Teachers unions in court today challenging Ontario's Bill 115

Just when you thought things were settled between Ontario's teachers unions and the province, the rivals are facing off once again -- this time, in court. Five unions are challenging the constitutionality of Bill 115, the "Putting Students First Act."

Five unions allege government violated Charter by imposing contracts, banning strikes

Teachers across Ontario staged demonstrations and walk-outs to protest against Bill 115. This one took place in Ottawa in 2012. (The Canadian Press)

Just when you thought things were settled between Ontario's teachers unions and the province, the rivals are facing off once again — this time, in court.

Five unions are challenging the constitutionality of Bill 115, the "Putting Students First Act." The controversial legislation imposed contracts on education unions and banned them from striking, when collective bargaining stalled in 2012.  

The Bill not only required  ETFO  to "bargain" with a metaphorical gun to its head, it dictated the terms of the bargain.ETFO legal submission

The hearing begins in Ontario Superior Court at Toronto's Osgoode Hall this morning and is scheduled to last all week.

The results of the case will have strong implications for the power of governments in Canada to dictate the terms of union contracts and to take away the right to strike.

The Ontario Public Service Employees Union (OPSEU) is leading the Charter challenge, joined by the Elementary Teachers Federation of Ontario (ETFO), the Ontario Secondary School Teachers Federation (OSSTF) and two other unions.

OPSEU's submission to the court says provisions in Bill 115 violate the freedom of association enshrined in the Canadian Charter of Rights and Freedoms.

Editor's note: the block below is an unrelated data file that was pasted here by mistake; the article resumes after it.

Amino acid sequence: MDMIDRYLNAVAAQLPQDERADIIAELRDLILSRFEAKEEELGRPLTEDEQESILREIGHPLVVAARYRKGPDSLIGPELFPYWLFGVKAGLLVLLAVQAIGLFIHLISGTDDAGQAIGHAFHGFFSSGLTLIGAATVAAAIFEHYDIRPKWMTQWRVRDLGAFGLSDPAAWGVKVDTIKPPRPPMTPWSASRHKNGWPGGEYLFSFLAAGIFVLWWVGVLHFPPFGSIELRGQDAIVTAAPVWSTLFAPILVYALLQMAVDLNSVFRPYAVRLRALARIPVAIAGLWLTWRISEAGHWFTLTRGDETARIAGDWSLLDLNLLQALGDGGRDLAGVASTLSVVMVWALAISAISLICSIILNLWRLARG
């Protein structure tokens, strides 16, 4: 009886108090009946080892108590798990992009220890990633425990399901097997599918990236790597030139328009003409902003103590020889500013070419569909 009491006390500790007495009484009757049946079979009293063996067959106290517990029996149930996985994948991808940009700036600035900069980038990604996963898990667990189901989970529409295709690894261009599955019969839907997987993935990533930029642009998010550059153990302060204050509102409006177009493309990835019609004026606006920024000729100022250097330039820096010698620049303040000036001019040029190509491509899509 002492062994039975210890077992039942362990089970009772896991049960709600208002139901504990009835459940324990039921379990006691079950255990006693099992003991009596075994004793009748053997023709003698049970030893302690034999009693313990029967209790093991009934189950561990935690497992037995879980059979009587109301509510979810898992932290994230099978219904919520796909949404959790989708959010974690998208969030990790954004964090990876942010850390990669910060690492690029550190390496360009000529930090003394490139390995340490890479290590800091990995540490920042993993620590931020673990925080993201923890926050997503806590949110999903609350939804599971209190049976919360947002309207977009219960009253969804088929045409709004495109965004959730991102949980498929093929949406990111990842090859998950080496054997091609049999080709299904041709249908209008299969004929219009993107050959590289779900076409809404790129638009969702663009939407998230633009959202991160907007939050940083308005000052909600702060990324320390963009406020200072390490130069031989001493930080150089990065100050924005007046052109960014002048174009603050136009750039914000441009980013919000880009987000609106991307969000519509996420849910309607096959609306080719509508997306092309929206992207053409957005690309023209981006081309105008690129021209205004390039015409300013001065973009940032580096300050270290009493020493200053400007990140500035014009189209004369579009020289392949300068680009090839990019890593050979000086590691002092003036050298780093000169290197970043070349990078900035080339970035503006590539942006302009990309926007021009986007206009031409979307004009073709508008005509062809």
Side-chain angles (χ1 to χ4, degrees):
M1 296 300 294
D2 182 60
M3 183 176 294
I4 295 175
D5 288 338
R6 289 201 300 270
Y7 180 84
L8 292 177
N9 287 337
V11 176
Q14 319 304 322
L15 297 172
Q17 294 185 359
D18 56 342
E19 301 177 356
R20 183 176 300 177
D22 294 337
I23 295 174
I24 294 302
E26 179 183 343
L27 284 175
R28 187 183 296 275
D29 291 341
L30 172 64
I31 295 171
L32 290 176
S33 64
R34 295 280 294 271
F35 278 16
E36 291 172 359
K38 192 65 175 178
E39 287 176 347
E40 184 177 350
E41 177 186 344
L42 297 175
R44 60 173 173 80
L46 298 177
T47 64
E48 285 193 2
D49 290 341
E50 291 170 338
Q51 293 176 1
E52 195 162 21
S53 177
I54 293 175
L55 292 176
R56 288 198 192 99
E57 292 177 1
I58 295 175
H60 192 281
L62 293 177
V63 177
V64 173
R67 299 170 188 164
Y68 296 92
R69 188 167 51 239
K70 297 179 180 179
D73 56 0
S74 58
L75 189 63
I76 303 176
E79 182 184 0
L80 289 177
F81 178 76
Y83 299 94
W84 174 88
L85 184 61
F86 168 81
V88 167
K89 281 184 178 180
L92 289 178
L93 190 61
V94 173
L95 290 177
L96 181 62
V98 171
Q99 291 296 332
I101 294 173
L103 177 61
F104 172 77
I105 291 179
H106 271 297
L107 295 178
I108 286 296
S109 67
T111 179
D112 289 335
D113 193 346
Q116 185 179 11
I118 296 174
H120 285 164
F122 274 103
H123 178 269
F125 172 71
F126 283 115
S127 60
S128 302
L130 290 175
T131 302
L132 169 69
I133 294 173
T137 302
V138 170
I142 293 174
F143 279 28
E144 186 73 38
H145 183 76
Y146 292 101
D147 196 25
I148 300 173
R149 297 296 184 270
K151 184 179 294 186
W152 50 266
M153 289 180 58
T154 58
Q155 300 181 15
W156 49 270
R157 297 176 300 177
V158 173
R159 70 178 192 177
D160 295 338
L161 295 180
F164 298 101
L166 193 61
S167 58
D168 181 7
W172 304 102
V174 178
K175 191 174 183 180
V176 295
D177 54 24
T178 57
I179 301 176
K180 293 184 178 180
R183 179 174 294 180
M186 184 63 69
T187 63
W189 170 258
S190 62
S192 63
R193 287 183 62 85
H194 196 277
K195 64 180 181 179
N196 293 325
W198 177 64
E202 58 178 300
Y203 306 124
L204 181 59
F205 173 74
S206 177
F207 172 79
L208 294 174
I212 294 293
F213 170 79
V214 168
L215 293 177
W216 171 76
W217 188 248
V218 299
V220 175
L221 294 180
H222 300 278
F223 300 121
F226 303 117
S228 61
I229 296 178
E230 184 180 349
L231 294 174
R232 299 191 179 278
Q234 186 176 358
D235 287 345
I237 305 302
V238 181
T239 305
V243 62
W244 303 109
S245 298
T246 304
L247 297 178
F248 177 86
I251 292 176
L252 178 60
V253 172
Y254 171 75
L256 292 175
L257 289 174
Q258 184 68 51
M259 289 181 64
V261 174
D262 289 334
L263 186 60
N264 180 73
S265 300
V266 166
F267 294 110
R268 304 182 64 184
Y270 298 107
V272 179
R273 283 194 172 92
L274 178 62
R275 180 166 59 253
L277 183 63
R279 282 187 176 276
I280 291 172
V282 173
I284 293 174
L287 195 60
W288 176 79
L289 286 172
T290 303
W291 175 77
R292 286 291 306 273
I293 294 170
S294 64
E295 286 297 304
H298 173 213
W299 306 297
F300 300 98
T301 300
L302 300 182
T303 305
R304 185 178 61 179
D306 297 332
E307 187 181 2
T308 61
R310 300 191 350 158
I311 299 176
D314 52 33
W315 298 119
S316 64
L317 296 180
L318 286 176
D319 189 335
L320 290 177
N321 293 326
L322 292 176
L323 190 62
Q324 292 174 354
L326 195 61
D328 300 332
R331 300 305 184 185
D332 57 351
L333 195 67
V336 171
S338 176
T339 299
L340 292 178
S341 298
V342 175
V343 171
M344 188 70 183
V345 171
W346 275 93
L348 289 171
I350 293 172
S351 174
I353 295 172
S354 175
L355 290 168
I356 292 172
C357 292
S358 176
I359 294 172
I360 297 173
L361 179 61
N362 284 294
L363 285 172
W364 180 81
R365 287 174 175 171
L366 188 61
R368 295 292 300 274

"Collective bargaining is firmly entrenched as a full-fledged Charter right," OPSEU's lawyers write in their submission. They argue the Charter prevents "powerful entities, such as employers and government, from running roughshod over the interests of employees."

The government argues that the Charter protection of collective bargaining does not stop it from imposing wage restraint. 

"This case is about what constitutionally permissible options are available to government when it faces a looming fiscal challenge," lawyers for the province write in their submission to the court. 

The government's lawyers argue that Bill 115 does not violate the Charter because the contracts were imposed only "after many months of good-faith consultation."

Bill 115 was introduced by the Liberal government of then-premier Dalton McGuinty in late August 2012, just days before the school year began. 
Bill 115 was imposed by the government of former premier Dalton McGuinty. It was repealed not long before Kathleen Wynne won the Liberal leadership. (Canadian Press)

"The Bill not only required ETFO to "bargain" with a metaphorical gun to its head, it dictated the terms of the bargain," ETFO lawyers write in their submission to the Ontario Superior Court.

Four months later, amid the growing threat of strikes, the government used the legislation to impose contracts on education unions that froze salaries, stopped teachers from moving up the salary grid as they gained seniority, and ended hefty payouts for unused sick days. The imposed contracts banned strikes until 2014.

Immediately after the "Putting Students First Act" was used to impose the contracts, the legislature repealed it. Mere days later, Kathleen Wynne won the Liberal leadership convention and became premier.  

The unions say it is necessary to challenge the bill retroactively to prevent governments from doing something similar in future. 

If the court agrees the union members' charter rights were violated, it will have to decide whether the violation was "justified in a free and democratic society," whether the government's goal with the legislation was important enough to override a constitutional right.

A decision is not expected for weeks, and whatever the ruling at the Ontario Superior Court level, it's likely to be appealed.  Ultimately, if they win, the unions are asking for compensation, including lost wages. 

About the Author

Mike Crawley

Provincial Affairs Reporter

Mike Crawley is provincial affairs reporter in Ontario for CBC News. He has won awards for his reporting on the eHealth spending scandal and flaws in Ontario's welfare-payment computer system. Before joining the CBC in 2005, Mike filed stories from 19 countries in Africa as a freelance journalist and worked as a newspaper reporter in B.C. Follow him on Twitter @CBCQueensPark

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